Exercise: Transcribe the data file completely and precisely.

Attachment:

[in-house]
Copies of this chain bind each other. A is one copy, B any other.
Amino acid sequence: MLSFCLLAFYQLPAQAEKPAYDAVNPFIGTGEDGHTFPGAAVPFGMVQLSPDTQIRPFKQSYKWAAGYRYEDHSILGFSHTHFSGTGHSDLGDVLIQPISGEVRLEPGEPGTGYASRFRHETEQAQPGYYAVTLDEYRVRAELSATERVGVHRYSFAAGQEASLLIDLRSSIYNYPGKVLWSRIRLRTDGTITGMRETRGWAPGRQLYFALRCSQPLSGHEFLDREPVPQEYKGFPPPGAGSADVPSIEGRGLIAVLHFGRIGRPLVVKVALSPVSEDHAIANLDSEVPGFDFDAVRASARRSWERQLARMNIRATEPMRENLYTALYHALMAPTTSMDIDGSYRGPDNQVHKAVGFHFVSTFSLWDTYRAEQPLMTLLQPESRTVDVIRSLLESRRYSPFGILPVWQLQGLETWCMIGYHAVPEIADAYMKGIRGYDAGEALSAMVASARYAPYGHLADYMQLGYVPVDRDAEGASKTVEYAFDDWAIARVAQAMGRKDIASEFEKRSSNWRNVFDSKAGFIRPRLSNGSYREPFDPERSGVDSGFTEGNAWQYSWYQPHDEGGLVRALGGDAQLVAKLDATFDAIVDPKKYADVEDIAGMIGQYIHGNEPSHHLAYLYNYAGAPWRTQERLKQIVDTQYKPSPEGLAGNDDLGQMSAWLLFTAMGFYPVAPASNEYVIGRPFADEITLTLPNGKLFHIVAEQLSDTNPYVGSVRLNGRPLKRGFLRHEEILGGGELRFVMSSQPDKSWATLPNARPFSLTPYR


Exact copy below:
[in-house]
Copies of this chain bind each other. A is one copy, B any other.
Amino acid sequence: MLSFCLLAFYQLPAQAEKPAYDAVNPFIGTGEDGHTFPGAAVPFGMVQLSPDTQIRPFKQSYKWAAGYRYEDHSILGFSHTHFSGTGHSDLGDVLIQPISGEVRLEPGEPGTGYASRFRHETEQAQPGYYAVTLDEYRVRAELSATERVGVHRYSFAAGQEASLLIDLRSSIYNYPGKVLWSRIRLRTDGTITGMRETRGWAPGRQLYFALRCSQPLSGHEFLDREPVPQEYKGFPPPGAGSADVPSIEGRGLIAVLHFGRIGRPLVVKVALSPVSEDHAIANLDSEVPGFDFDAVRASARRSWERQLARMNIRATEPMRENLYTALYHALMAPTTSMDIDGSYRGPDNQVHKAVGFHFVSTFSLWDTYRAEQPLMTLLQPESRTVDVIRSLLESRRYSPFGILPVWQLQGLETWCMIGYHAVPEIADAYMKGIRGYDAGEALSAMVASARYAPYGHLADYMQLGYVPVDRDAEGASKTVEYAFDDWAIARVAQAMGRKDIASEFEKRSSNWRNVFDSKAGFIRPRLSNGSYREPFDPERSGVDSGFTEGNAWQYSWYQPHDEGGLVRALGGDAQLVAKLDATFDAIVDPKKYADVEDIAGMIGQYIHGNEPSHHLAYLYNYAGAPWRTQERLKQIVDTQYKPSPEGLAGNDDLGQMSAWLLFTAMGFYPVAPASNEYVIGRPFADEITLTLPNGKLFHIVAEQLSDTNPYVGSVRLNGRPLKRGFLRHEEILGGGELRFVMSSQPDKSWATLPNARPFSLTPYR